A lot has changed in the post-Hamilton theater landscape. Diverse, inclusive castings, storylines centered on marginalized communities and emotionally complex character arcs are no longer tokens to the norm, but rather conversations that are finally being played out on stage.

And while the push for wider representation is far from over, this Broadway season's new wave of performances, be it unconventional originals, like Hadestown and The Prom or reimagined classics, like Oklahoma! and Fiddler on the Roof, continue to usher in the industry's commitment to change.

Below, curtain's up for 11 actors that are leading the charge, challenging audiences to think differently about established characters they think they know and those they meet for the first time.

Ali Stroker: Ado Annie, "Oklahoma!"

Earring & Rectangle Ring: Bakari, Blazer & Blouse: Smythe

What's your craziest high school drama club experience?

When I was in high school, my first kiss was on stage. I was playing Jeanine in Ordinary People, the play. It was my first kiss and the director knew. It was very cute. I think the director might have cleared the room or something sweet.

In what ways has the theater landscape changed since you began?

Especially with Oklahoma!, I feel like musical theater is beginning to do more than entertain, like to challenge people's thoughts and perspectives. All the representation is really important and so essential to art making. And for audiences, it's really refreshing to see all kinds of people being represented in roles that maybe we've only seen in one way for so long.

What's something that goes on backstage during intermission that the audience would never expect?

Sometimes we eat the leftover cornbread. Cuz they serve chili and cornbread at intermission and then after that sometimes we eat some of the leftovers. It's so good. It's kind of like cake.

"It's really refreshing to see all kinds of people being represented in roles that maybe we've only seen in one way for so long."

Amber Gray: Persephone, "Hadestown"

Earrings: Bakari, Blouse & Skirt: Topshop, Blazer: Aled Couture

What's something that goes on backstage during intermission that the audience would never expect?

I religiously pump milk for my baby boy.

What draws you to a role, or, how do you pick parts you want to audition for?

The story has to be one I can personally get behind. It has to be an overall energy I want to be putting out into the world eight times week. These days, I really hate stories about despicable people who do not change by the end of the play. Our world does not need those stories right now.

Complete the sentence: If I wasn't on Broadway, I would be __(profession)__ in __(location)__

If I wasn't on Broadway, I would be a chain-smoking lounge singer in seedy Reno.

What were you wearing in your first headshots?

A rare army-surplus mosquito net hoodie. Man they were cool, and I miss that thing.

"These days, I really hate stories about despicable people who do not change by the end of the play."

Celia Keenan-Bolger: Scout, "To Kill a Mockingbird" 

Earrings: Lady Grey, Blouse: Baum Und Pferdgarten, Scarf: Echo New York, Gloves: Wing & Weft, Dress & Pants: See by Chloe, Belt: ASOS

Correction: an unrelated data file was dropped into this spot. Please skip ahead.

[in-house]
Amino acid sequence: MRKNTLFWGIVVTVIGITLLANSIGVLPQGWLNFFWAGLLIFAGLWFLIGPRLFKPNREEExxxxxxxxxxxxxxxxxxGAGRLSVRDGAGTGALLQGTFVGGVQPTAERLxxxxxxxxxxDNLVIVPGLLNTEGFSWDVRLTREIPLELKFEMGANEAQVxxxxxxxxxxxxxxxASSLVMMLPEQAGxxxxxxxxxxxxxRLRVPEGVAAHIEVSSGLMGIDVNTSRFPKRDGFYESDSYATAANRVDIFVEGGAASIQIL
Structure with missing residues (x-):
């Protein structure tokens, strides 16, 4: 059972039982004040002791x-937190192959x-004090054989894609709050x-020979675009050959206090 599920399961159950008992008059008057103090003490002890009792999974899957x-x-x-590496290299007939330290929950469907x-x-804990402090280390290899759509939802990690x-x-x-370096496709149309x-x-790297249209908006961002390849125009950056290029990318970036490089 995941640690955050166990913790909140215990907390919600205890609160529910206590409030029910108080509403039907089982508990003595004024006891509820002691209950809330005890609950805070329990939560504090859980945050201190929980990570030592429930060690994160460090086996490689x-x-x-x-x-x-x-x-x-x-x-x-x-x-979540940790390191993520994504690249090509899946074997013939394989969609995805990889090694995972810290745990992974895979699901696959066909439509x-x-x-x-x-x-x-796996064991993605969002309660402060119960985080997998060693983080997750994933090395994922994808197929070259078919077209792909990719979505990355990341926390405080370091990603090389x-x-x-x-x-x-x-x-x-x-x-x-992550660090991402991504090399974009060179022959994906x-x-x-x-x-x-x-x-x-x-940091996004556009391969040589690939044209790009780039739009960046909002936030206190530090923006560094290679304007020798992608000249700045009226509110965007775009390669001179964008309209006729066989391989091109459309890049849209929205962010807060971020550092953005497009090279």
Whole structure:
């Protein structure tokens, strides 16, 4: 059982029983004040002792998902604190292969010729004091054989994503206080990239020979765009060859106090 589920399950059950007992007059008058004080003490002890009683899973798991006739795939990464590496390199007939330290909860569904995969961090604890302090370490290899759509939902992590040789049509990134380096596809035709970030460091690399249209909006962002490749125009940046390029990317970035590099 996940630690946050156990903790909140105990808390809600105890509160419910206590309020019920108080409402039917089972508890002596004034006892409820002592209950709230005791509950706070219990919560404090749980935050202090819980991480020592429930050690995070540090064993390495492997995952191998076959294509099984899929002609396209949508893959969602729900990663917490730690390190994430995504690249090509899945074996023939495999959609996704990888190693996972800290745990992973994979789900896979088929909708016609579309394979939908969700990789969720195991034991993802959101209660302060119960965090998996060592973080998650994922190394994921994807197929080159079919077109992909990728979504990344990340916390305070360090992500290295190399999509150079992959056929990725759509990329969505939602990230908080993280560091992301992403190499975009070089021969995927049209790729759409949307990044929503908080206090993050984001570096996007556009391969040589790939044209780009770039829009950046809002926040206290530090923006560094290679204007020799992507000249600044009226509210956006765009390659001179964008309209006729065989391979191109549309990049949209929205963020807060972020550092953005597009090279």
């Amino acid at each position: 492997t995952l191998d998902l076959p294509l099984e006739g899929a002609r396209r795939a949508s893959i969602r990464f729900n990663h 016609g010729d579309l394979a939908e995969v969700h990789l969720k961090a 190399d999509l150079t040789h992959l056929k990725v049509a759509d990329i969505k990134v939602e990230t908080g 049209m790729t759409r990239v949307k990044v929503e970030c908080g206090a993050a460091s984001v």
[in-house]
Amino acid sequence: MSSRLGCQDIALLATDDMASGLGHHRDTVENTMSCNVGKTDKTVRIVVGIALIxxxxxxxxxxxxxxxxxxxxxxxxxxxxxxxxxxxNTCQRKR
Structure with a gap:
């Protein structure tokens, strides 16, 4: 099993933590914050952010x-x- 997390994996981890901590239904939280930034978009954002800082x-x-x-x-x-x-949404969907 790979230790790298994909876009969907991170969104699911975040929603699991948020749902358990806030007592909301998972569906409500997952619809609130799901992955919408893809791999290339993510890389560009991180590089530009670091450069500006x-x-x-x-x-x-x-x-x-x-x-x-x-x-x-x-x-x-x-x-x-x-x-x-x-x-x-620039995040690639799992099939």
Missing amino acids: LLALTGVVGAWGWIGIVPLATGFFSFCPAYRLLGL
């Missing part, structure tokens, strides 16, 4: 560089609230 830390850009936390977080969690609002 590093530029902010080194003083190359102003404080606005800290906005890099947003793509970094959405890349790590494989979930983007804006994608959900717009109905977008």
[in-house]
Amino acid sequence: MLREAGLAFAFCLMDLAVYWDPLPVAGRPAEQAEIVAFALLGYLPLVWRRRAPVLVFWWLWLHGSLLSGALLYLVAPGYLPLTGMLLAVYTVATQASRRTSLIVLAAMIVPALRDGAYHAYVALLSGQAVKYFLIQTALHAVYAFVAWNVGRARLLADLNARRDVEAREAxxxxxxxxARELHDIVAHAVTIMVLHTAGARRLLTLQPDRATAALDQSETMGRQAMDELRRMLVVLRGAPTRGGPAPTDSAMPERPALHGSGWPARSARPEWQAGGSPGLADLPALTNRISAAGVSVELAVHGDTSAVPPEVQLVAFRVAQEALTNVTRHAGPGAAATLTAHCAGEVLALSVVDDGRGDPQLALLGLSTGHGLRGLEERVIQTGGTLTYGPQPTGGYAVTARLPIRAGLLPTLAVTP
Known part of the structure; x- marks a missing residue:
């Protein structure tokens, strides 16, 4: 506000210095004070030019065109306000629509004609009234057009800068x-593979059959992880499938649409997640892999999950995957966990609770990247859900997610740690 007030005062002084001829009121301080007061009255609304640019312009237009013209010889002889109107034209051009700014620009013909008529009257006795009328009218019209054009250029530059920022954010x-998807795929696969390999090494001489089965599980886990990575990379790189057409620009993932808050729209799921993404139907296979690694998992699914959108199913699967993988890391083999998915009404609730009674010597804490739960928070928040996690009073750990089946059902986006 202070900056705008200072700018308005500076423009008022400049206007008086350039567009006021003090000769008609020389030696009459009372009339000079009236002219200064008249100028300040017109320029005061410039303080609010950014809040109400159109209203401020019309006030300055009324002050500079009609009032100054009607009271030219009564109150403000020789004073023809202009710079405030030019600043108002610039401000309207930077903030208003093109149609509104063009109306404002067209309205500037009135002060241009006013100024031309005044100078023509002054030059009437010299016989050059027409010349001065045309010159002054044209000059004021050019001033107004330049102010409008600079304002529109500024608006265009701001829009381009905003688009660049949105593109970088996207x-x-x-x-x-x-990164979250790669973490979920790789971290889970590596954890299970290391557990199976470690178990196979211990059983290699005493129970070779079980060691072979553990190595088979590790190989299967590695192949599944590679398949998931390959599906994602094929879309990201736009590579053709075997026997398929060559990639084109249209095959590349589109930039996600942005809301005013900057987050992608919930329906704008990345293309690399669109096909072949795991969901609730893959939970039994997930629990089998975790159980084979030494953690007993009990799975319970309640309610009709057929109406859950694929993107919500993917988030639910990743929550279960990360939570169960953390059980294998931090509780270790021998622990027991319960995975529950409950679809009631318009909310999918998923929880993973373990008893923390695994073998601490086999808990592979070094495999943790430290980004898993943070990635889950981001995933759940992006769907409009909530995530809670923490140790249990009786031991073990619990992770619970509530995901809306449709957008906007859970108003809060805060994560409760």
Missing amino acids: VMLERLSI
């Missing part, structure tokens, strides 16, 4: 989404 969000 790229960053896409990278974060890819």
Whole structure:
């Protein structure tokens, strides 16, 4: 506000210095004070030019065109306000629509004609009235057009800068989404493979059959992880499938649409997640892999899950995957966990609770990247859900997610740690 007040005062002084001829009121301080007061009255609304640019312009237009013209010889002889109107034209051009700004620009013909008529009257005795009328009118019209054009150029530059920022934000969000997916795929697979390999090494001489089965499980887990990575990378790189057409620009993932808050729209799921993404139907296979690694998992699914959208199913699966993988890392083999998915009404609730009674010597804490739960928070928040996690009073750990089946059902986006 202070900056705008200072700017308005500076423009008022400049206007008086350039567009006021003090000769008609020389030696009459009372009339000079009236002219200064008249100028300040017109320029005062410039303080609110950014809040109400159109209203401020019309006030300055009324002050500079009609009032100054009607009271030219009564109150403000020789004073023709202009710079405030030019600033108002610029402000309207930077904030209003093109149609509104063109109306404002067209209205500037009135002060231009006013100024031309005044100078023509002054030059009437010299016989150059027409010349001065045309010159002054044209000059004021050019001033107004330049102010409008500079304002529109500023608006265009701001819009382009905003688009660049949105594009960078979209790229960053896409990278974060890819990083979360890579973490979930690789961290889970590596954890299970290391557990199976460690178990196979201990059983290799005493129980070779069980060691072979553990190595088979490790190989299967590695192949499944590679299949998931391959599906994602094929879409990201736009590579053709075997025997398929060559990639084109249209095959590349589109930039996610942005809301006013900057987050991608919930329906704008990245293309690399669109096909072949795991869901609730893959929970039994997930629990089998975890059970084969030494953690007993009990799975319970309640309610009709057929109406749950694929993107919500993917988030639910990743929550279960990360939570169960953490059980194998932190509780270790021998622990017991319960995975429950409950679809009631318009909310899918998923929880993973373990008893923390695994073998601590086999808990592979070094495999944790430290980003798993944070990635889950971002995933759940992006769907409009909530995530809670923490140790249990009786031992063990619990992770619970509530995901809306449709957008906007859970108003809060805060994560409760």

What's your craziest high school drama club experience?

I went to a Performing Arts High School in Detroit, Michigan so it feels like there are too many to name. However, I was in a children's luncheon theater called The Peanut Butter Players where we served hot dogs and salads to the audience, changed into our costumes and then did a show. The idea was that if we wanted to be actors for our life, we needed to learn how to wait tables.

What were you wearing in your first headshots?

I think it was a velvet tank top that I kept the tags on and returned after the shoot.

What's one top-of-list show you'd like to star in or character you'd like to play?

I want to play Mrs. Lovett in Sweeney Todd.

What do you hope the audience takes away from To Kill A Mockingbird?

I hope audiences feel both inspired and called to action when they leave the theater. And I would love if there were thoughtful conversations with their fellow theater goers about where we've been and where we're going as a country.

"The idea was that if we wanted to be actors for our life, we needed to learn how to wait tables."

George Salazar: Michael, "Be More Chill"

Trench, Suit, Sweater & Pant: Topshop, Shoes: Christian Louboutin

Tell me about some of your opening night / pre-show traditions or rituals.

Before every show, I sit in the dark and take a moment for reflection. It's almost like a mini-meditation. Once the show starts, it's pretty high-octane, so I've found it really important to silence the noise in my head and start the sci-fi musical madness of Be More Chill with a blank slate. During this moment, I say a little thank you for the show, for the incredible company I get to be a part of, and for the energizing audience we get to do this show for eight times a week. And then I dedicate that particular show to someone: sometimes it's a family member, sometimes it's a stranger in the audience; I do this because I've found that when I make something for someone, not for me, the work is better, it's honest, and it's way more satisfying.

What's your craziest high school drama club experience?

Oh man. Our high school production of Little Shop of Horrors was selected to be performed at the Florida State Thespian Festival. We were in a sold-out theater one night: about a thousand high school students were watching. I was sitting in the dentist chair during a scene and was overacting and split my pants, but also split my boxers, and, well, I was... quite exposed. Thankfully, I realized what had happened because I felt a draft up my pants, so I adjusted my blocking accordingly and only a few dozen people noticed. At least I hope only a few dozen people noticed.

What's the most elaborate lie (i.e. unusual skill or a second language proficiency) you've put on your resume? Were you ever tested on it?

I have to be honest, I've never lied on my acting resume. I'd be terrified that they'd ask to see the lie in person. Just never thought that it'd be worth it. However, my restaurant server resume... many, many lies. Basically just a page of lies.

What's the most powerful lesson you've learned from playing Michael?